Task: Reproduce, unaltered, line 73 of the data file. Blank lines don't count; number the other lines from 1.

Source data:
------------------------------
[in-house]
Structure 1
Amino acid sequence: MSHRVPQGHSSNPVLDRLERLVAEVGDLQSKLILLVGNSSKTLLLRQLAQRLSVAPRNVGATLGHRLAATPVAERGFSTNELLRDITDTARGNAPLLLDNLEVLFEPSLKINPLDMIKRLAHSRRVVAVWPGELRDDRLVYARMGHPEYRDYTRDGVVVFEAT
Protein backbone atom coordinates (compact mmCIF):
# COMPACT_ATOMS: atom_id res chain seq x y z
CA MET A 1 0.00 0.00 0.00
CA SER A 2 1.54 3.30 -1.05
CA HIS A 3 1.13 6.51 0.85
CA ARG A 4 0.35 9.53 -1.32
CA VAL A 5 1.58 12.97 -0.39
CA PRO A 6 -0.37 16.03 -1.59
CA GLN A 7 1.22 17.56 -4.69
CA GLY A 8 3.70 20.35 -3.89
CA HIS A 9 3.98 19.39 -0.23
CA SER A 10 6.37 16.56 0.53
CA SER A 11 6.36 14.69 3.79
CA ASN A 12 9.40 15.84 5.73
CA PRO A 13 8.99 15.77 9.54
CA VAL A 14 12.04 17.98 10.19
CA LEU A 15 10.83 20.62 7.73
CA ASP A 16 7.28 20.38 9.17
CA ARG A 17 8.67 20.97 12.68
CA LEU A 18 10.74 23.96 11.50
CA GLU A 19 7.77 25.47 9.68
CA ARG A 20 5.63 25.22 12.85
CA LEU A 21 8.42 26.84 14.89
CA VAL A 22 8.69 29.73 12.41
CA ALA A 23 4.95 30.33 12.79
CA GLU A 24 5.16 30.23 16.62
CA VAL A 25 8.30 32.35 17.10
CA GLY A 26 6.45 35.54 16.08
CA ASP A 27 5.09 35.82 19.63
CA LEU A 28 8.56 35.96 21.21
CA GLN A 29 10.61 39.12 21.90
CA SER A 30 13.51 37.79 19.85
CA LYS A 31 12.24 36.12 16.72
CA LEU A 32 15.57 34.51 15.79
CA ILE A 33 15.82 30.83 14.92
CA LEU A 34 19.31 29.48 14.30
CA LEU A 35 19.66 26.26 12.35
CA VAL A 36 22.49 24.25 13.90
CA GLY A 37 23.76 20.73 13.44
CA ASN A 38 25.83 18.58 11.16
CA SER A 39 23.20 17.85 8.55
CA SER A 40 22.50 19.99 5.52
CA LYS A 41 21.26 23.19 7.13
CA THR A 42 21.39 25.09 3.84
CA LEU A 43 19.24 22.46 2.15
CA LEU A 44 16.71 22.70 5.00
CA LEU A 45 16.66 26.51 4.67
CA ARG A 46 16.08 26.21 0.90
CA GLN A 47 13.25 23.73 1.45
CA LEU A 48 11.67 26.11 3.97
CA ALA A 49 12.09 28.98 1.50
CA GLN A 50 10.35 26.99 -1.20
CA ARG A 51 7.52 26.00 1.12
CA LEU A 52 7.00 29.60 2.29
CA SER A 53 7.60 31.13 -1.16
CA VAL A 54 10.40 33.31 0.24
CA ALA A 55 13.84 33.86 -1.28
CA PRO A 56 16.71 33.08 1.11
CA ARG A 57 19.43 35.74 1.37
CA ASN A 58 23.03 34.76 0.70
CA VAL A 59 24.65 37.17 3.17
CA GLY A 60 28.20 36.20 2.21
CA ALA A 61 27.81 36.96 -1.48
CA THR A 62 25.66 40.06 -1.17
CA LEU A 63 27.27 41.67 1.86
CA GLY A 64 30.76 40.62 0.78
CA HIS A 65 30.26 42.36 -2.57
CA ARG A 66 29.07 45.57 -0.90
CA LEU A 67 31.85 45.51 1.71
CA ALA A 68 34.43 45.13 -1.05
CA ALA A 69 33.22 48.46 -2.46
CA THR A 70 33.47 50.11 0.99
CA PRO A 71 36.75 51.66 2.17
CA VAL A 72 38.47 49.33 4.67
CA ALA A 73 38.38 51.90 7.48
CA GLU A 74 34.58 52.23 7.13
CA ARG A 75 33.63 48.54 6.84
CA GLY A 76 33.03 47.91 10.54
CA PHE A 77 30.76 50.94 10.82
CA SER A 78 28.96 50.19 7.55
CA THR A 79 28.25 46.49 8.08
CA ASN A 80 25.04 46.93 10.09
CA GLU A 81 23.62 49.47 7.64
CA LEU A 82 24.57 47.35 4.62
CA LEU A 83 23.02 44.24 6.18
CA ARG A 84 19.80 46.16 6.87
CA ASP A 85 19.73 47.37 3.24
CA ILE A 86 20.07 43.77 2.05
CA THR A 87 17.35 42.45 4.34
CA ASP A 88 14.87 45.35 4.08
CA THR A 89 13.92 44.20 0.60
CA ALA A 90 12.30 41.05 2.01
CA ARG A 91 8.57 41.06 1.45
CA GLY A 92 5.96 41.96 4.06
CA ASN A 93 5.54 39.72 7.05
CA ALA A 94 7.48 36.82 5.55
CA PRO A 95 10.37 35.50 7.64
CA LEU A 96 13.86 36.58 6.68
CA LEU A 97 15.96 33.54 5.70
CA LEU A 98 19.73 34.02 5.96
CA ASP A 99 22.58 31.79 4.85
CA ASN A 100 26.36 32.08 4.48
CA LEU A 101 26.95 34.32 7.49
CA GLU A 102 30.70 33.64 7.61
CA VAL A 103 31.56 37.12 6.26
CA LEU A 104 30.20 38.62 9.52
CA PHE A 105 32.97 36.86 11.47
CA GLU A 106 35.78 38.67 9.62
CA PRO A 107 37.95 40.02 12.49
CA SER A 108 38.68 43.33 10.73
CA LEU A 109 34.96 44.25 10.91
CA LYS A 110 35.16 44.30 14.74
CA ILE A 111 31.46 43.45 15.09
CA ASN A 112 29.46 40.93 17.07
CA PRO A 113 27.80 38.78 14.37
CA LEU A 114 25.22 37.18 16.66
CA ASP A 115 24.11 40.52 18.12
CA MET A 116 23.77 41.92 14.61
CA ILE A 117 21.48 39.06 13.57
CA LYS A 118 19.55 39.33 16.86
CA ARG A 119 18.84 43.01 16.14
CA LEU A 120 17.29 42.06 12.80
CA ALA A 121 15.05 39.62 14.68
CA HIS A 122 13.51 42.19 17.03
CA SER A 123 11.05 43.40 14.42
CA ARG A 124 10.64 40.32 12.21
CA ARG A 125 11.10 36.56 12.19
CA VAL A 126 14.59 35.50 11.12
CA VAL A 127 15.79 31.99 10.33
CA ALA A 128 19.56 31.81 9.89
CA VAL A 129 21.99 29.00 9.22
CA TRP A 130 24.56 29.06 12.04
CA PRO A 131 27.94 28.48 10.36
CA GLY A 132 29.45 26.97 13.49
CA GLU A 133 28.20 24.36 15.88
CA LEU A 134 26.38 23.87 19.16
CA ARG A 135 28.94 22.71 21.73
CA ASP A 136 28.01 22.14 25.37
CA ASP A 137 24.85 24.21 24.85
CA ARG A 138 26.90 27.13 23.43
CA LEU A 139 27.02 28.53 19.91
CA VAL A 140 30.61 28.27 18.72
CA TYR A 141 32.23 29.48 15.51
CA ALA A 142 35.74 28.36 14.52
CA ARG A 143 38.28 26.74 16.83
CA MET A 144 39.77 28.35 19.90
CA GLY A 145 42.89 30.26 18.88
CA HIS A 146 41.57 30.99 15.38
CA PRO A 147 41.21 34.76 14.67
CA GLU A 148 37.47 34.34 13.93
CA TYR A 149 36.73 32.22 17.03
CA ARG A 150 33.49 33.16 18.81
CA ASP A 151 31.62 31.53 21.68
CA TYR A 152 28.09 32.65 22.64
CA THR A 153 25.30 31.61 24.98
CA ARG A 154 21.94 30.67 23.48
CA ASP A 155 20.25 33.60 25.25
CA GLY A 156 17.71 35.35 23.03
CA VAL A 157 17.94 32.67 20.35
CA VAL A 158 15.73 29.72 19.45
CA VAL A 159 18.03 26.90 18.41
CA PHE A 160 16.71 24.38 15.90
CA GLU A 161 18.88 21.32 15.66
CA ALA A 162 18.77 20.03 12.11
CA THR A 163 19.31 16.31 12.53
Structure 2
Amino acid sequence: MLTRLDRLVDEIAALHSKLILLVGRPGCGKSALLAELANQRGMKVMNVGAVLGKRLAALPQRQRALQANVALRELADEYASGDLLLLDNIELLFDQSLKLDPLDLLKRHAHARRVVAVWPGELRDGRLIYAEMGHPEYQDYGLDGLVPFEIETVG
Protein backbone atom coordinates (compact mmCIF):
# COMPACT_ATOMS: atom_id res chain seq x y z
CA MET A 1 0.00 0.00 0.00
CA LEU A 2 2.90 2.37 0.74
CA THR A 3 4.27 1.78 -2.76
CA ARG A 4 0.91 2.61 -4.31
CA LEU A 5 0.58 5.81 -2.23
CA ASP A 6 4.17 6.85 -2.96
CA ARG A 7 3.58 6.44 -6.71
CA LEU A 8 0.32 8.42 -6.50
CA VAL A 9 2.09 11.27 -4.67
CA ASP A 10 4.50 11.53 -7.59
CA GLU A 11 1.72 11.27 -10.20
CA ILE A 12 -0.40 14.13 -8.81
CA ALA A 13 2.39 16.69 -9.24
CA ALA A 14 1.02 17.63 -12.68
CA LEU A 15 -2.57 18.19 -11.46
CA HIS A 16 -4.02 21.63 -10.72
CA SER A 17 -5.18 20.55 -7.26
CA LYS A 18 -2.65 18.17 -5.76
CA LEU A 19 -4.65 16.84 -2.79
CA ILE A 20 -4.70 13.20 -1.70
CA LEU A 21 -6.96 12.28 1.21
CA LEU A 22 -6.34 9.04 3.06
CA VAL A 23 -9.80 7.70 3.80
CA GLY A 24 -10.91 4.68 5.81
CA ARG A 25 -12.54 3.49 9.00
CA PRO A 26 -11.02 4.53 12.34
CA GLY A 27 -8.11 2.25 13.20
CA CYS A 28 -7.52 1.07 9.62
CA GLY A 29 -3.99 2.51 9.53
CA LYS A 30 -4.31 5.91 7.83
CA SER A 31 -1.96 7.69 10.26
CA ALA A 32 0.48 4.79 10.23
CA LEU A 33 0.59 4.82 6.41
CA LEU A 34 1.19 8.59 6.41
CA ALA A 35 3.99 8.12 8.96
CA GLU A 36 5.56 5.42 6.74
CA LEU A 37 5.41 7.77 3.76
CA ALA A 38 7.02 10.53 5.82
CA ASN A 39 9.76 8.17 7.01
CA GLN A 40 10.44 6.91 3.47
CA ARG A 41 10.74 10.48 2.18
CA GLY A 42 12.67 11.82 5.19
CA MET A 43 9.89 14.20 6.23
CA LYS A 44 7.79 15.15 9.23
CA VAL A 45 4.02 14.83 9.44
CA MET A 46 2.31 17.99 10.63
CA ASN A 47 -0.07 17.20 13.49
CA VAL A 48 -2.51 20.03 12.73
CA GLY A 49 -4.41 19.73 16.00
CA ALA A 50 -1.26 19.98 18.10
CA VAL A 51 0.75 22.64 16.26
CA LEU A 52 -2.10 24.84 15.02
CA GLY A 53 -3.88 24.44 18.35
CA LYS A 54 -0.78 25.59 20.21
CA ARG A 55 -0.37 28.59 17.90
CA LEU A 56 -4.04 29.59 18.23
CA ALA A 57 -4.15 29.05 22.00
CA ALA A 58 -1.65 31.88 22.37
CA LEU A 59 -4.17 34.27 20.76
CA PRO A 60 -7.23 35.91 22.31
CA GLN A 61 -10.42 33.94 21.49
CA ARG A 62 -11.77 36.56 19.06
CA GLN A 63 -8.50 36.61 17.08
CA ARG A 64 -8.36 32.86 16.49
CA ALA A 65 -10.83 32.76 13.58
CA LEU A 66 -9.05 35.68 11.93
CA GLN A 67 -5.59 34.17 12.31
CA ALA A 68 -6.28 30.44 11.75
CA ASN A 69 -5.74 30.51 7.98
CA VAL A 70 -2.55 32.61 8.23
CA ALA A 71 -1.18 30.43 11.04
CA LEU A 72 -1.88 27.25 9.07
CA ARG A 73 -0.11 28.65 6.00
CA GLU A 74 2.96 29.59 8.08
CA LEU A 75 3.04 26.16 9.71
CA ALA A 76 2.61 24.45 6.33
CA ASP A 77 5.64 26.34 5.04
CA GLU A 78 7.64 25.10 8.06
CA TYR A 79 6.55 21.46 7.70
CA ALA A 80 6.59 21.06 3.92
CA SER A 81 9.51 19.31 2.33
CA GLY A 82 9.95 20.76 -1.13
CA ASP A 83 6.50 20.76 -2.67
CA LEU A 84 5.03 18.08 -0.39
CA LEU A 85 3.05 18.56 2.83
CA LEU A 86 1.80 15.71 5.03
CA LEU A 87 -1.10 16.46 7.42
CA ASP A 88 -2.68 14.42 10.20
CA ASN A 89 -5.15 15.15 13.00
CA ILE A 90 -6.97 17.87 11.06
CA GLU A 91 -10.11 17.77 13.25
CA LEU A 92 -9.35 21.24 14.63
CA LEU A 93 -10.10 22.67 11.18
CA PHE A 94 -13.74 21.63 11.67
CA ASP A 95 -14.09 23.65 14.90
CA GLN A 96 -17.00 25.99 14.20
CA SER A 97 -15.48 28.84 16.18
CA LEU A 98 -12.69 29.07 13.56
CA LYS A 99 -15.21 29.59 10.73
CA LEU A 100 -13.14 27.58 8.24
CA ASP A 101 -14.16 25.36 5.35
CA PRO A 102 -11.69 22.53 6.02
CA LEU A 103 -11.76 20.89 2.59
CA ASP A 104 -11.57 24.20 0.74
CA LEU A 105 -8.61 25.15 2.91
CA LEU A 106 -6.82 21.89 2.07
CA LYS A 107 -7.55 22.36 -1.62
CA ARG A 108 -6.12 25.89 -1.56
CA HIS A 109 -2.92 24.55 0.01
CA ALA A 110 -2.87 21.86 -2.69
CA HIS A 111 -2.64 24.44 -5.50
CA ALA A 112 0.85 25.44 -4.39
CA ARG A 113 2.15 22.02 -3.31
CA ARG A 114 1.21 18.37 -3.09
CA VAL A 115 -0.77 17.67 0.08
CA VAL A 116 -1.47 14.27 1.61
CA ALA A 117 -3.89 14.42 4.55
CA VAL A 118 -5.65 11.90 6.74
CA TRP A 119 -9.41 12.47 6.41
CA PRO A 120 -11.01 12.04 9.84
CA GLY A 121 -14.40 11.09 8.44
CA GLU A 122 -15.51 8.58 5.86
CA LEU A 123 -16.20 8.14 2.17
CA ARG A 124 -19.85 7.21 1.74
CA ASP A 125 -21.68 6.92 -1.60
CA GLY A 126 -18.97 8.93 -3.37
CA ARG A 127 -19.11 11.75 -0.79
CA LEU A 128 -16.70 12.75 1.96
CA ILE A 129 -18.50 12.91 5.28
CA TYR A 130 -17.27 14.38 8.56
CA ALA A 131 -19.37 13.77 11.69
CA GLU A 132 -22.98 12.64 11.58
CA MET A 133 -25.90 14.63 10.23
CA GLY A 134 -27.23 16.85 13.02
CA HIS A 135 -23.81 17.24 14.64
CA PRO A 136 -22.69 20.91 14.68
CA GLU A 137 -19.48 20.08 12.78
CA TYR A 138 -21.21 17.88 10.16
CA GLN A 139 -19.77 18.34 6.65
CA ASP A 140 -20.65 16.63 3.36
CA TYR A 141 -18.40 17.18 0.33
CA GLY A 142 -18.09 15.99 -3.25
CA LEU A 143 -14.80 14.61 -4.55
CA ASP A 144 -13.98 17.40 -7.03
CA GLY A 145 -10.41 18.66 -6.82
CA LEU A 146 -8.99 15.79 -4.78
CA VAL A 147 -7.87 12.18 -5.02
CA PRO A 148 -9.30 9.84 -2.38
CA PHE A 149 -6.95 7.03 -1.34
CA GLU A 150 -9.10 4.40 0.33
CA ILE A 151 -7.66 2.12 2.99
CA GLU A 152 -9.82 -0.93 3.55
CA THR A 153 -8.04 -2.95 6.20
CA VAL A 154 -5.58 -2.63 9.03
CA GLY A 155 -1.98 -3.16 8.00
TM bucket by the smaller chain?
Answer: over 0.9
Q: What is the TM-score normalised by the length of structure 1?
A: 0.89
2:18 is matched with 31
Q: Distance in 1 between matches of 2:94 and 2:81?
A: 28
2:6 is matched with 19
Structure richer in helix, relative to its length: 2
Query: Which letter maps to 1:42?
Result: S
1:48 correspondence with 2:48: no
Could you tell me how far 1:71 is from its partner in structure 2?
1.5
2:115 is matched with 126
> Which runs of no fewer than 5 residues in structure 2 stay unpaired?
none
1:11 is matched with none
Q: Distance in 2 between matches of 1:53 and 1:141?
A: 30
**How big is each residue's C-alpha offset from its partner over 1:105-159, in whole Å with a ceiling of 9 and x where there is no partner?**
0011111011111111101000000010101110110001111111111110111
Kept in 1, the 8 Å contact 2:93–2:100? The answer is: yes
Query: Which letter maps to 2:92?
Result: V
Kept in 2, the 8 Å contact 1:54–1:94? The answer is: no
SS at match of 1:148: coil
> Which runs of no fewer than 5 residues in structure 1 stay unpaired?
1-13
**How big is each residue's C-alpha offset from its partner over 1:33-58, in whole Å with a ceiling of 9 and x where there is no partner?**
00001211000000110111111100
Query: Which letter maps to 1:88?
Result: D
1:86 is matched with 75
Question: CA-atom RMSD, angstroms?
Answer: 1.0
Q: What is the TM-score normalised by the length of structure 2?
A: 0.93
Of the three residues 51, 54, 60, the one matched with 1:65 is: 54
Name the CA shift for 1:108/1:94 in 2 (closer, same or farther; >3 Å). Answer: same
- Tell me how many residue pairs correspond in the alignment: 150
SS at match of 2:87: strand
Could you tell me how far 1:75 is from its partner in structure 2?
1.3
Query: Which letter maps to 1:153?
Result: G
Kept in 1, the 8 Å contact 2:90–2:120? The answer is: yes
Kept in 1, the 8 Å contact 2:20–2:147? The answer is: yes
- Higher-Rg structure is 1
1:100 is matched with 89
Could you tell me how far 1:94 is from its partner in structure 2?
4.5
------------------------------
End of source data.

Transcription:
CA ALA A 68 34.43 45.13 -1.05